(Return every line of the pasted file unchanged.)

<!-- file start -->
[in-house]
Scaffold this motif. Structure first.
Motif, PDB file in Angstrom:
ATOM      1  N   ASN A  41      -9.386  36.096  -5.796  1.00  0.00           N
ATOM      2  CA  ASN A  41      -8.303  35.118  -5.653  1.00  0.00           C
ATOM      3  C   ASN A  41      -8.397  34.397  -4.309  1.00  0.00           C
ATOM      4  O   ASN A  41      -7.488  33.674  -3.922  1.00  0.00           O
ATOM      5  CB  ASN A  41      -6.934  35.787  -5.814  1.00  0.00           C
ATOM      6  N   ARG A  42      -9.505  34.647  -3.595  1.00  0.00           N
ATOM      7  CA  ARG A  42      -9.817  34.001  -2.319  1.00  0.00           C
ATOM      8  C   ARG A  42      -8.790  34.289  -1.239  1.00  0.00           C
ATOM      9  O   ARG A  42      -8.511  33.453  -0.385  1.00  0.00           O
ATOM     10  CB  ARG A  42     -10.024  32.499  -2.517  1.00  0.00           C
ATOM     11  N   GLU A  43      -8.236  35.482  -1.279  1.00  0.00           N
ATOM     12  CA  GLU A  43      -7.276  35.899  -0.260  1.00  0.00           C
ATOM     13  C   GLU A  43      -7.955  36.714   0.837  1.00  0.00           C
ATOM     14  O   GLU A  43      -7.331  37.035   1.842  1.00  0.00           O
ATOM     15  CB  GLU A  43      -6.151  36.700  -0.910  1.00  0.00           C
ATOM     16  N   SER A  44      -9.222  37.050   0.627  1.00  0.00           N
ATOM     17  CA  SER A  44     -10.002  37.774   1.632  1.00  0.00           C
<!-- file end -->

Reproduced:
[in-house]
Scaffold this motif. Structure first.
Motif, PDB file in Angstrom:
ATOM      1  N   ASN A  41      -9.386  36.096  -5.796  1.00  0.00           N
ATOM      2  CA  ASN A  41      -8.303  35.118  -5.653  1.00  0.00           C
ATOM      3  C   ASN A  41      -8.397  34.397  -4.309  1.00  0.00           C
ATOM      4  O   ASN A  41      -7.488  33.674  -3.922  1.00  0.00           O
ATOM      5  CB  ASN A  41      -6.934  35.787  -5.814  1.00  0.00           C
ATOM      6  N   ARG A  42      -9.505  34.647  -3.595  1.00  0.00           N
ATOM      7  CA  ARG A  42      -9.817  34.001  -2.319  1.00  0.00           C
ATOM      8  C   ARG A  42      -8.790  34.289  -1.239  1.00  0.00           C
ATOM      9  O   ARG A  42      -8.511  33.453  -0.385  1.00  0.00           O
ATOM     10  CB  ARG A  42     -10.024  32.499  -2.517  1.00  0.00           C
ATOM     11  N   GLU A  43      -8.236  35.482  -1.279  1.00  0.00           N
ATOM     12  CA  GLU A  43      -7.276  35.899  -0.260  1.00  0.00           C
ATOM     13  C   GLU A  43      -7.955  36.714   0.837  1.00  0.00           C
ATOM     14  O   GLU A  43      -7.331  37.035   1.842  1.00  0.00           O
ATOM     15  CB  GLU A  43      -6.151  36.700  -0.910  1.00  0.00           C
ATOM     16  N   SER A  44      -9.222  37.050   0.627  1.00  0.00           N
ATOM     17  CA  SER A  44     -10.002  37.774   1.632  1.00  0.00           C